The thing about Flagstaff too is that the audiences aren’t so segregated by age the way they are in New York, where it’s often a tiny age range. I would characterize the Flagstaff scene as very inclusive.

Take me back to New York City in the ‘80s, The Silos and how you got to be where you are now.

Well, first, the fun thing for me living in Flagstaff was that nobody knew who I was after The Silos. I could just hide out here and be this guy who painted dogs. People knew me as being that guy who paints dog portraits, not the guy that writes songs and travels all over the place.

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Anyway, I studied art in college. Right after that I went to New York and was painting and trying to show my paintings and I ended up getting a job driving a truck for an art transport company.  I’d drive art around all day, picking up from artists or delivering pieces to galleries. And that was an amazing job because I got to meet so many artists. That was a different New York. My rent was $137 and I was making $150 a day. I was young, out every night and seeing all the bands I’d wanted to see growing up in south Florida, where only big hits ever come, not smaller groups.

It was great, but I wasn’t really getting anywhere with the painting career and I was writing and recording songs at the time. So I got the songs mastered. Then I received the LPs and found myself wondering what to do with them. I didn’t know what I was doing, placed the records in record mailers, not realizing that maybe I should put my phone number in there or something, and sent them out to places in New York and in LA. I probably sent out 50 records. Then I went back down to Florida for Christmas and a buddy of mine from New York calls and goes, “You’re in the New York Times, you’re the pop album of the week! “And then it got picked up all around town, and almost everyone I sent records to wrote about it.

Wow. What happened then?

So then I thought I should put a band together, because there wasn’t really one cohesive group on that record. I came up with The Silos. We toured the United States and Europe under RCA records. Then I continued on my own much later after RCA dropped the band, moved to LA, moved back to New York.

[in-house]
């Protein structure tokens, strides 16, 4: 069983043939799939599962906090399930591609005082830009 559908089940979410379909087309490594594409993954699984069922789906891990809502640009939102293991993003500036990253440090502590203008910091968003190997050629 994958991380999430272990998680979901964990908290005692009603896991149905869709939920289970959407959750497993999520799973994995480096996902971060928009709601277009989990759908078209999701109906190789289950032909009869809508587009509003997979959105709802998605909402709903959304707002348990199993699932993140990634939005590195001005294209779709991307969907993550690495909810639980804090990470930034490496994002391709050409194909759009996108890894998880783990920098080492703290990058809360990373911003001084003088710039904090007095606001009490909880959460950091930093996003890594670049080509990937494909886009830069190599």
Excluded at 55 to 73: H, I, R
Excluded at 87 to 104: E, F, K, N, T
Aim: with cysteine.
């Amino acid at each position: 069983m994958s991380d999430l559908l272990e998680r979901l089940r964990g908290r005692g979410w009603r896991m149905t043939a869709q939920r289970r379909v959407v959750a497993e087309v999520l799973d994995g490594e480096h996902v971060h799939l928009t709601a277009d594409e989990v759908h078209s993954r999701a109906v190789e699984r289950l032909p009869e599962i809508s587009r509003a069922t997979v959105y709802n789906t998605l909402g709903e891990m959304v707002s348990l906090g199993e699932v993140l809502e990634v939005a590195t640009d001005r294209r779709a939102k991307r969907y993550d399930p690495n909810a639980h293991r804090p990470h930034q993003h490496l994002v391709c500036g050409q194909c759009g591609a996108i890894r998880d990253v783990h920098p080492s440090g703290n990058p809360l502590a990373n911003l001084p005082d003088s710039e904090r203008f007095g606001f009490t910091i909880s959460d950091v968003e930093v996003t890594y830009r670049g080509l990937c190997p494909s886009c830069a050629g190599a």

And then in about 2008 I was just kind of done. I had been on the road for 25 years or something and I thought, “I‘m gonna drop dead if I keep doing this.”

That’s when I moved to Flagstaff, took a few years off, started painting the dogs. And then I decided to make a couple records about four years ago, and [Walterio] is the third one.

That’s quite a journey.

Yes, and it’s great. I realized happiness is something you choose for yourself—I’ve chosen to be happy no matter where I am.

Did you make the cover art for Walterio?

Yes, that’s one of my paintings, the pug in the field. Actually it’s a cutout of the dog painting that I take with me and put in different places and then take pictures.  I place him under the London Bridge, in front of the Vatican, that stuff. That photo series will be in the physical album.

It seems like so many of your songs are all over the world, just like this pug, lyrically and stylistically. Glide Magazine described Walterio recently as “A sonic equivalent of a tree…a rock ‘n’ roll family tree.” Does that description resonate with you?

Yeah. The music on the album all comes from a central place but once you’ve been writing songs for a really long time and you take the juice, the sap and you pull it out from the ends of the branches, by the time you have it all the way there you have these songs that are coming from a central place but they’re stylistically different.  Of course my voice ties it together, but the songs are wildly stylistically different. As a whole it sounds coherent because it’s really coming from the same place. A tree with trunk, roots, branches.

Walter Salas-Humara and Americana singer-songwriter Jeff Crosby will perform at the Orpheum Theater, 15 W. Aspen Ave., tonight, Thursday, Sept. 20, at 8 p.m. Doors open at 7 p.m. and tickets for the all-ages show are $12.50 plus applicable fees. Visit www.waltersalashumara.com for more information.